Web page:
Rolling Stone apologises for Virginia rape story

Protestors gather outside the Phi Kappa Psi fraternity house at the University of Virginia. Image copyright AP

Rolling Stone magazine is now backing away from a central part of its blockbuster story about sexual assault on the campus of the University of Virginia.

The article begins with a shocking, graphic account of a woman named Jackie who says she was gang raped as part of a hazing ritual at a storied university fraternity, Phi Kappa Psi. It then traces Jackie's struggle with the incident and what author Sabrina Rubin Erdely portrays as the school's ham-fisted sexual assault bureaucracy.

Publication of the piece led to demonstrations on Virginia's campus, widespread criticism of the schools administration, and the decision by university president Teresa Sullivan to suspend all fraternity and sorority activities until mid-January. Phi Kappa Psi members received death threats, and its house was vandalised.

On Friday the magazine said that its trust in Jackie "was misplaced" and apologised to "anyone who was affected by the story".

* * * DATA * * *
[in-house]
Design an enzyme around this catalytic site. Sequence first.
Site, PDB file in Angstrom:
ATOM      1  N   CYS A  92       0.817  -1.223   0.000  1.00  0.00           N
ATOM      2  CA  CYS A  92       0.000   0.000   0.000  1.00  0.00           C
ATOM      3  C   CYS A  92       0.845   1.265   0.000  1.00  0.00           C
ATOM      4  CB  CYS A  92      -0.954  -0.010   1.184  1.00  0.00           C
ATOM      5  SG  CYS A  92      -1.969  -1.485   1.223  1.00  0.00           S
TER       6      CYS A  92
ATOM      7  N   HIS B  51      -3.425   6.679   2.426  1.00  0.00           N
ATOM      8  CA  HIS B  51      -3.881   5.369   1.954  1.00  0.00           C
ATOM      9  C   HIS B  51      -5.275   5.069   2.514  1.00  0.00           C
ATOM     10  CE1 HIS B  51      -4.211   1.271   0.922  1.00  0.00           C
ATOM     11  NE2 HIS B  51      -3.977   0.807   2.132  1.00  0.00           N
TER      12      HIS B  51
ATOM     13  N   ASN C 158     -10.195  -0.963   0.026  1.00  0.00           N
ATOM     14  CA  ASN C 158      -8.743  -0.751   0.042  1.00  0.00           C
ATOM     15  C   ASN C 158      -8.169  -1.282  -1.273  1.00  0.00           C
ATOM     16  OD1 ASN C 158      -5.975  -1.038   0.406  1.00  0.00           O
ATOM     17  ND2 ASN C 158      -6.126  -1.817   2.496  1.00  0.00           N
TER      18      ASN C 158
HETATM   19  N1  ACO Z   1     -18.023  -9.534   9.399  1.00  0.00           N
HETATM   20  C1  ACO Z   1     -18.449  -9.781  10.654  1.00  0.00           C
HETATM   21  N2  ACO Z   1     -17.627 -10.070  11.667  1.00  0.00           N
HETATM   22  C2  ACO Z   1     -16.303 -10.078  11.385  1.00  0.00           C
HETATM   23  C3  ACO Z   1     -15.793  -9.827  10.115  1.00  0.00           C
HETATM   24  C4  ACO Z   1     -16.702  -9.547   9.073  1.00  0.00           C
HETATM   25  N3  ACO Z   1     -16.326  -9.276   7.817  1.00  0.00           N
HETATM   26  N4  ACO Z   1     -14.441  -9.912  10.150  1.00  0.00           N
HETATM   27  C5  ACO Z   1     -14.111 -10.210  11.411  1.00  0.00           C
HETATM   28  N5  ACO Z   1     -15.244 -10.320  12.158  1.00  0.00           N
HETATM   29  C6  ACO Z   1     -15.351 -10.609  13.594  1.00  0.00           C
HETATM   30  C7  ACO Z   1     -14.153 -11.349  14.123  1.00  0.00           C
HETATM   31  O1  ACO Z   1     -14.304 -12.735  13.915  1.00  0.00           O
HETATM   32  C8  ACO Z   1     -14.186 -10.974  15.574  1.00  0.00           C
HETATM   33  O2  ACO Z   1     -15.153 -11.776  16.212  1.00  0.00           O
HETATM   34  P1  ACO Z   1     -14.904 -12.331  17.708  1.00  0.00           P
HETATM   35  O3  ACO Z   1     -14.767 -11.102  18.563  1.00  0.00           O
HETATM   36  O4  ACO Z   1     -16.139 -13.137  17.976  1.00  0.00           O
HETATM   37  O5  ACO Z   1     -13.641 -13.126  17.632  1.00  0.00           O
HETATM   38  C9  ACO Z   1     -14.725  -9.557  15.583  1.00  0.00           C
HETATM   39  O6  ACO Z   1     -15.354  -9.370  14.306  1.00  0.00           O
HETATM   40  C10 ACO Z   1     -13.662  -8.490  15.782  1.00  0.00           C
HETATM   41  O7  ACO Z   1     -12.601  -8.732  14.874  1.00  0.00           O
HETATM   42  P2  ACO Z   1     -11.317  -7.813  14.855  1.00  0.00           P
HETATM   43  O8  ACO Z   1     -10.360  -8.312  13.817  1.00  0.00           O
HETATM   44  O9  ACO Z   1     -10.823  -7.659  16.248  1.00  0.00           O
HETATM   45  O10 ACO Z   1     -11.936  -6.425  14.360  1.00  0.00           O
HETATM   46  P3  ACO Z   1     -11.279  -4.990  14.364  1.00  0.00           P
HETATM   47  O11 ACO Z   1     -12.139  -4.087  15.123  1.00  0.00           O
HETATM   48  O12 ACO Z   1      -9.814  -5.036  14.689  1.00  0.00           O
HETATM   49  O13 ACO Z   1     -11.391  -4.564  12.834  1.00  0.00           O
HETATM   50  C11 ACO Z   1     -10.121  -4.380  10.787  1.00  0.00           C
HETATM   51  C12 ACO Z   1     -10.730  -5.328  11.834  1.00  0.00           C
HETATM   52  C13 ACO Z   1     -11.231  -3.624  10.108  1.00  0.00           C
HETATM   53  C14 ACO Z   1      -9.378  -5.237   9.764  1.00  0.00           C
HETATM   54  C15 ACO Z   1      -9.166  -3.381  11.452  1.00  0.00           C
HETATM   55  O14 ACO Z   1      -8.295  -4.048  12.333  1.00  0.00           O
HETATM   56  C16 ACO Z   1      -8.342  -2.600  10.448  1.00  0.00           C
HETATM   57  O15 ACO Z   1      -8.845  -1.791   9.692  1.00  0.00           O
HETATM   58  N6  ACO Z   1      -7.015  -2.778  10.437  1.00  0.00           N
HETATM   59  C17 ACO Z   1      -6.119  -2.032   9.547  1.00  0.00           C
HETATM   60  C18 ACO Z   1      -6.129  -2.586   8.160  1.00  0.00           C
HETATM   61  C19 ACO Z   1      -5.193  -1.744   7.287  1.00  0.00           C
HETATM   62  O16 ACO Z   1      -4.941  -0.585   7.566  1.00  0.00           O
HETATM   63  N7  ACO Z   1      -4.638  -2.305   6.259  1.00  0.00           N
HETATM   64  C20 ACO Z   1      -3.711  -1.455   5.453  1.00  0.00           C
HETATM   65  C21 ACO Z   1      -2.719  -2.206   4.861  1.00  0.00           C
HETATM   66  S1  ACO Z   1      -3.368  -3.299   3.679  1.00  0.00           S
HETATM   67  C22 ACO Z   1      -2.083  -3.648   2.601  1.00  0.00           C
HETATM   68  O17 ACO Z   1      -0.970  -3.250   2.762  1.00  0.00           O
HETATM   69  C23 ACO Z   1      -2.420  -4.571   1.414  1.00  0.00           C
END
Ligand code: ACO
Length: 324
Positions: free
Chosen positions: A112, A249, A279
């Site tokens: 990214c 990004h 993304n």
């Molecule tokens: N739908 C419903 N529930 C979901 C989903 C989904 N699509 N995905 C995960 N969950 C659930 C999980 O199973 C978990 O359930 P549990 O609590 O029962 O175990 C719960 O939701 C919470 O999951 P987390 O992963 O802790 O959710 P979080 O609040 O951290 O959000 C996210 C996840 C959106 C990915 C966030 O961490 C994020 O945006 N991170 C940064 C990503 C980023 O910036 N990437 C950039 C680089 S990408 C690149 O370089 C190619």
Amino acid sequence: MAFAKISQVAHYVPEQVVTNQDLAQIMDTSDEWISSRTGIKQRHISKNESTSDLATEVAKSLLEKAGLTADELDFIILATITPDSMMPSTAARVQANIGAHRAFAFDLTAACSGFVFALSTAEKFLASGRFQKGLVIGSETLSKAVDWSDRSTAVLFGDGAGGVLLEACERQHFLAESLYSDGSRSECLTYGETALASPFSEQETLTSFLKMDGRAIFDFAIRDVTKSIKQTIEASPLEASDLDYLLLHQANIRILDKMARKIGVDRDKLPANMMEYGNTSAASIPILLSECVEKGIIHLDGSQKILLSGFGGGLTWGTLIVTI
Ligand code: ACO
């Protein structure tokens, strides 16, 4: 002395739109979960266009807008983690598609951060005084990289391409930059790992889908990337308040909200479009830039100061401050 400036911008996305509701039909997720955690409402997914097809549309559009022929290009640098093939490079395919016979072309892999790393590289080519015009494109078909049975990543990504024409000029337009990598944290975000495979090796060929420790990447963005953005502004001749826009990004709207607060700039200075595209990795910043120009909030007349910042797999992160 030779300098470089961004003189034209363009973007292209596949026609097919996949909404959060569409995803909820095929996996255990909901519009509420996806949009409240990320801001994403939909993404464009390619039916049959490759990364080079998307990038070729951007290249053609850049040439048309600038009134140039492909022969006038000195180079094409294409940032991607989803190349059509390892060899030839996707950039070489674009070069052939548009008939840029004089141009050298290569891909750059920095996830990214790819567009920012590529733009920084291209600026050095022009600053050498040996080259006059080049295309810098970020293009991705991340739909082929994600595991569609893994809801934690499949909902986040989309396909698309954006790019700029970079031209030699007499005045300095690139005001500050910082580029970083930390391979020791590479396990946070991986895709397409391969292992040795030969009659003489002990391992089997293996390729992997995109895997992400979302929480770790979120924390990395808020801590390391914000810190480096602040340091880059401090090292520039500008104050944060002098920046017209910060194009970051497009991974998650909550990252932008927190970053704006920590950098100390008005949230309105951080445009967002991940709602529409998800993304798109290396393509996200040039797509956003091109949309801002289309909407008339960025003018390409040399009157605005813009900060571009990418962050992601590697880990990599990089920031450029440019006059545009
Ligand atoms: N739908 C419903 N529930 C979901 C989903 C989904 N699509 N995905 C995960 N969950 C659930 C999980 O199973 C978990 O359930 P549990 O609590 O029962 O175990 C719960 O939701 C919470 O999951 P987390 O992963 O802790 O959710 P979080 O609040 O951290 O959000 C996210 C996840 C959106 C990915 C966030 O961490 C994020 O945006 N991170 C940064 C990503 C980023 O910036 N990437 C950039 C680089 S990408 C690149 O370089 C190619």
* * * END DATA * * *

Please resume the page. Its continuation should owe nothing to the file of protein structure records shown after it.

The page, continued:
"In the months Erdely spent reporting the story, Jackie neither said nor did anything that made Erdely, or Rolling Stone's editors and fact-checkers, question Jackie's credibility," Rolling Stone managing editor Will Dana writes. He says that "new information", however, has exposed "discrepancies in Jackie's account".

"We were trying to be sensitive to the unfair shame and humiliation many women feel after a sexual assault and now regret the decision to not contact the alleged assaulters to get their account," he writes.

The apology comes hours after the Washington Post published an extensive investigation into the story, which included multiple interviews with Jackie.

Among reporter T Rees Shapiro's findings were that there is no record of the fraternity having a party on the night Jackie says she was raped and there is no individual at the fraternity who matches the description of the man she says led her attack.

Image copyright AP
Image caption The University of Virginia responds to the Rolling Stone article by suspending all fraternity and sorority activities until mid-January